Sunday, November 16, 2014


Philippians 1:3-11

3 I thank my God every time I remember you. 4 In all my prayers for all of you, I always pray with joy 5 because of your partnership in the gospel from the first day until now, 6 being confident of this, that he who began a good work in you will carry it on to completion until the day of Christ Jesus.

7 It is right for me to feel this way about all of you, since I have you in my heart and, whether I am in chains or defending and confirming the gospel, all of you share in God’s grace with me. 8 God can testify how I long for all of you with the affection of Christ Jesus.

9 And this is my prayer: that your love may abound more and more in knowledge and depth of insight, 10 so that you may be able to discern what is best and may be pure and blameless for the day of Christ, 11 filled with the fruit of righteousness that comes through Jesus Christ—to the glory and praise of God.

Reflection:

When we read the bible and meditate on it's words we should also consider the history, the geography, the demographics and the culture of the people which the Bible is addressing or revealing. The story of Paul and this wonderful letter (epistle) to the Church at Philippi begins not on a mountain top overseeing the see of Galilee, nor does it begin on the vast hills with newly born lambs running up and down a green pasture to meet their shepherd. No, it begins in a dark cave, as a man of God is imprisoned by a society who hates "Good News". You see the Romans didn't imprison Paul because of a heinous crime but rather for spreading the liberating news of the Gospel of Jesus Christ. Have you ever been around people or have participated in a culture of people who just hates "good news"? They have been so cultivated in bad news that just the mention of "good news" becomes a crime!

Paul found himself in a dungeon with his ankles chained awaiting his release, because after all he was innocent in the eyes of God, but guilty in the eyes of man. He didn't scream, he didn't cry, he didn't give up hope nor did he wave the white towel and surrender his faith to the overwhelming circumstances that can plague an individual facing prison time in the hands of an enemy. This Godly hero begins his letter thanking God for the people he has been able to serve. His mind was not on his circumstance, nor was it in a 5 by 10 cell with the damp smell of muddy water. No, he thanks God for every moment he had to serve the people of God. He learns the importance of prayer since he has no one to talk to, no one to sing with, no one to encourage him. You see his prayer is not the type of prayer of someone helpless nor hopeless but one who knows his God and says " I always pray with joy because of your partnership in the gospel". He loses no confidence in the character and faithfulness of God because after all he clearly understood that his "apostolic call" would probably invite death to constantly knock on his door.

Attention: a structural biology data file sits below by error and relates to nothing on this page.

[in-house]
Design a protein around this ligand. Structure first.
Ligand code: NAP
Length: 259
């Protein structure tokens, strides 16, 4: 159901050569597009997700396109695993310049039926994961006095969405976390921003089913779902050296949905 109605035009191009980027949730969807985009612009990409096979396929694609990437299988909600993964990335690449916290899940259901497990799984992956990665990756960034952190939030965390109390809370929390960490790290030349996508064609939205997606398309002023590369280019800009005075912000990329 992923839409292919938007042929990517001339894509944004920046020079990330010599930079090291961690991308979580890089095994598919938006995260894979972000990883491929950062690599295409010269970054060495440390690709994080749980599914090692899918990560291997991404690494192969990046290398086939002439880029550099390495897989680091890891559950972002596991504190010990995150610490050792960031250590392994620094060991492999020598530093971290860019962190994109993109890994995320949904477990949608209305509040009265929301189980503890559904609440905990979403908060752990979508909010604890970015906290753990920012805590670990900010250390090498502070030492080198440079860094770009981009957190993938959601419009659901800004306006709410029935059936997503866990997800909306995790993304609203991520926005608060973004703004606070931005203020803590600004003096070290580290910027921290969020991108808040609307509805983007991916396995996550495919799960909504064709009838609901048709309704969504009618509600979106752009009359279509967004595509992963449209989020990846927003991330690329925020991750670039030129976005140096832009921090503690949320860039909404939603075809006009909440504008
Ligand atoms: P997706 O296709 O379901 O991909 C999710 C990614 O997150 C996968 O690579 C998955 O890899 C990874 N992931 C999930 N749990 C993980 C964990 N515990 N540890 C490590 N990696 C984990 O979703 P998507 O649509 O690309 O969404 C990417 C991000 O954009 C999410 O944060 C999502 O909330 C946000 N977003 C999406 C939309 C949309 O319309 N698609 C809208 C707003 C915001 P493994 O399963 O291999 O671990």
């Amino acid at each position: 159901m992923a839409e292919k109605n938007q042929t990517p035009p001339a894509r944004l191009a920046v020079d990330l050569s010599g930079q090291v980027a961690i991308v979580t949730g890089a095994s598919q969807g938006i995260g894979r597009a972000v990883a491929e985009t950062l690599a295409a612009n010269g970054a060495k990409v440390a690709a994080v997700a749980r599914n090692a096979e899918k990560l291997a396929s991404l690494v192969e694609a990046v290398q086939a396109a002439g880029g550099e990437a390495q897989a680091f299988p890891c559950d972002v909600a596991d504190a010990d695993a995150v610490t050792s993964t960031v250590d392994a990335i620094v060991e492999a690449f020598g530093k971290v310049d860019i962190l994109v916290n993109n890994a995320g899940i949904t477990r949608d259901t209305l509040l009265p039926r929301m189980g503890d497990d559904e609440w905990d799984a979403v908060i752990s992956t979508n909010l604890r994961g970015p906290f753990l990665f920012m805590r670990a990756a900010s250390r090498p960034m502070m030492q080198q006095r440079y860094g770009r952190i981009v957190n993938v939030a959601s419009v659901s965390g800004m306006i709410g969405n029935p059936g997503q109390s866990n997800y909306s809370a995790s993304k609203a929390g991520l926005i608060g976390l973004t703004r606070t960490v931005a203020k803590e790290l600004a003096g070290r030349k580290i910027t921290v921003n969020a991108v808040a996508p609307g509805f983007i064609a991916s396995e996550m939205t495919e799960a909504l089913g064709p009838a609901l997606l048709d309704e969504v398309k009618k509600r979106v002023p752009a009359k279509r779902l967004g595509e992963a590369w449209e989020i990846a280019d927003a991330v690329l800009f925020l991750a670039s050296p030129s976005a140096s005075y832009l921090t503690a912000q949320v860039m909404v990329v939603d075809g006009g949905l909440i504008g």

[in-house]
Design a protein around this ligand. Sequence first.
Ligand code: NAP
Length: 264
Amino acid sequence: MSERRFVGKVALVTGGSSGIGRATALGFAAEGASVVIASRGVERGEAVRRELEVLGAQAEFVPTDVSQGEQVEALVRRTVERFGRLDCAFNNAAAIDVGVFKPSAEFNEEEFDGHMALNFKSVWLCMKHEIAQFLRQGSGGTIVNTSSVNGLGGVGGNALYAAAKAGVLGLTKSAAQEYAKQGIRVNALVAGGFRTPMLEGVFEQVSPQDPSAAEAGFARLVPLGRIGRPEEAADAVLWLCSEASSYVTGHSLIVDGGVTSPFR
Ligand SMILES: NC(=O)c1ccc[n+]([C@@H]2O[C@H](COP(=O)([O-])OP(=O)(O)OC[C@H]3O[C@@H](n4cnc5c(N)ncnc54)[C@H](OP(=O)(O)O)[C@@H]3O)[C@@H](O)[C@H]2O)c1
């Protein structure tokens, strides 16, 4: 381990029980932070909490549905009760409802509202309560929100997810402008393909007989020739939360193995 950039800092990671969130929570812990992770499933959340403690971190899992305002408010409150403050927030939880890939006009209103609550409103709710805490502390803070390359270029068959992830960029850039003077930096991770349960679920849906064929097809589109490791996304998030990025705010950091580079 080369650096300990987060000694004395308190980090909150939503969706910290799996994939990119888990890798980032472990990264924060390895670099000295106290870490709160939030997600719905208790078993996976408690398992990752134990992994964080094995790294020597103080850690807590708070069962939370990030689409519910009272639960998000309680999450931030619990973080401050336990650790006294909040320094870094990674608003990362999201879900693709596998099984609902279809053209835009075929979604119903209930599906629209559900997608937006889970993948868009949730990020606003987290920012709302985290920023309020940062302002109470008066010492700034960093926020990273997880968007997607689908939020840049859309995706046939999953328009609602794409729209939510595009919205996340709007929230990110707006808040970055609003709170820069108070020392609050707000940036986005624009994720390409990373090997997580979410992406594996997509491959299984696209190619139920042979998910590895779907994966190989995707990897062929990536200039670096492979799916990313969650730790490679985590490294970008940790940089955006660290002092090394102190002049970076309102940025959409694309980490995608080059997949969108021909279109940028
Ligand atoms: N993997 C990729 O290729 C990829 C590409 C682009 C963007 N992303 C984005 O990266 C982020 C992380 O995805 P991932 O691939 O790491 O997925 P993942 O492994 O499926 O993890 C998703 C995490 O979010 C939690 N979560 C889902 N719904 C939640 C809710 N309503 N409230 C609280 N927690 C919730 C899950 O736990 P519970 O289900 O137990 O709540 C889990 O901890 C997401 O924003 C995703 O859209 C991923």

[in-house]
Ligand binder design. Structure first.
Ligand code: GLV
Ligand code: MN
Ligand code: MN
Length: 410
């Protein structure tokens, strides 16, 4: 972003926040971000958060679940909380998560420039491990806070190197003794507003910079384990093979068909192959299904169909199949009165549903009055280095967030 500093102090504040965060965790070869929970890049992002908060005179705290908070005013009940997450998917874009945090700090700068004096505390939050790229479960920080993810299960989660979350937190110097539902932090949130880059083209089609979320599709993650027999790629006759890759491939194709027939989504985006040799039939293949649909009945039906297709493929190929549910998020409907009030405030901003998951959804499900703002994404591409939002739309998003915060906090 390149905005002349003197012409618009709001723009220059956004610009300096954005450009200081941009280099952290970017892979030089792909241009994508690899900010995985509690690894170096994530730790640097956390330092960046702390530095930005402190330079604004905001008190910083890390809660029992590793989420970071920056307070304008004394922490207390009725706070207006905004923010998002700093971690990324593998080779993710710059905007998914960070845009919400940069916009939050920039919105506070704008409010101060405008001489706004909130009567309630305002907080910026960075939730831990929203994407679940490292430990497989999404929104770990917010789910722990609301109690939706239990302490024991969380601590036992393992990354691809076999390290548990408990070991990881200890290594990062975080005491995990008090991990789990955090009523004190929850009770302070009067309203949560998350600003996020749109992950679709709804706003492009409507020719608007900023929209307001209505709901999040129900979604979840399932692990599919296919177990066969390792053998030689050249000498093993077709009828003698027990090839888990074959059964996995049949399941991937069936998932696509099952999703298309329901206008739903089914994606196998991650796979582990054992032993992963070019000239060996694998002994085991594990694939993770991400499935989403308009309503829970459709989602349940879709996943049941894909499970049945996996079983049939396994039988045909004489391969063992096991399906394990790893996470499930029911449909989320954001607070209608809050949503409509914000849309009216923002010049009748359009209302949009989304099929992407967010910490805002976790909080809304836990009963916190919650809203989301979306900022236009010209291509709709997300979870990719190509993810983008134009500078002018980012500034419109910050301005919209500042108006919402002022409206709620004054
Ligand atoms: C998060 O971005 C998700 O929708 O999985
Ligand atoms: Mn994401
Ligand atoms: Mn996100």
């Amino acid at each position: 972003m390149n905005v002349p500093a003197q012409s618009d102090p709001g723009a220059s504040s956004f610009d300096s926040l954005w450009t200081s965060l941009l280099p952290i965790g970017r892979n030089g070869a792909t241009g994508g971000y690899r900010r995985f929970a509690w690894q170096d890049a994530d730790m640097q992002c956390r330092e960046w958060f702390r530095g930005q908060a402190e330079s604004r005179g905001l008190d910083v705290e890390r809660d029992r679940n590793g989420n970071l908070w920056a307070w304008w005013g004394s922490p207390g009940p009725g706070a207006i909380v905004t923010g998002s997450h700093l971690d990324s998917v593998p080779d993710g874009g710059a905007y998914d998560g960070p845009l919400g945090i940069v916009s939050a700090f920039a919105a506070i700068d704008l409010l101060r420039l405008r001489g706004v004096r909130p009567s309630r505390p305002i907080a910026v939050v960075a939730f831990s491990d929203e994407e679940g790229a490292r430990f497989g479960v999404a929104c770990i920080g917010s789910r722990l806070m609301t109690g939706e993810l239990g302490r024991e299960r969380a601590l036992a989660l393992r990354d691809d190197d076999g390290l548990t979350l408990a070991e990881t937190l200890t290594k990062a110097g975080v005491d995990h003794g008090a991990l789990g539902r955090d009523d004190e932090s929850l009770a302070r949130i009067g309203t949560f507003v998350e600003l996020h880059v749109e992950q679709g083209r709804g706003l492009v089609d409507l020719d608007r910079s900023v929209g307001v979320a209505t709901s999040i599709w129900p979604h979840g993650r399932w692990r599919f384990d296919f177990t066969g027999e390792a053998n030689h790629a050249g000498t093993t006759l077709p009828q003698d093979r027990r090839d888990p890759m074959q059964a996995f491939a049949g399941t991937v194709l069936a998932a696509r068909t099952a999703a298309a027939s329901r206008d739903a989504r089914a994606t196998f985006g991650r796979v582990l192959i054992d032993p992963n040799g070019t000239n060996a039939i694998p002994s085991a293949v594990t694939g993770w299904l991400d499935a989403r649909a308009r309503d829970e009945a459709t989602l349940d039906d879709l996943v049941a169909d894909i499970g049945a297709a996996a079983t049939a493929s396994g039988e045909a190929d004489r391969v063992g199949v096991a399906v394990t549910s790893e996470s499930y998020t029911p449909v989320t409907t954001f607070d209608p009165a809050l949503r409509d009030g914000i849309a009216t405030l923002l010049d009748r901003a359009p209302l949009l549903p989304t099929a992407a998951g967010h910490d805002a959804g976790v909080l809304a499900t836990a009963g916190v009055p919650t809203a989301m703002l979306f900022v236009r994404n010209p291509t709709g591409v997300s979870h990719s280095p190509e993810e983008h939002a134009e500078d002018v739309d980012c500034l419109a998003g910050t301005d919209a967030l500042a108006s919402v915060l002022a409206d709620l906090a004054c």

Paul was confident, he was determined, he was convinced and he was emotional about his God and the message that he had the privilege of sharing. He completes his dissertation similar to the way he began this letter - in prayer. Stating that the most important essence, and experience that anyone who suffers similar circumstances should seek and acquire is the divine love of Christ and the knowledge that produces the fruit of righteousness among the brethren.

You see I am convinced of this, that people who are afraid, imprisoned, confused, hurt, hopeless and angry just need one thing, a taste of the divine love that comes from the throne of God. If you find yourself in similar circumstances I challenge you to seek the face of Jesus and ask him for the anointing of his divine love that flows continually from his heart to yours!



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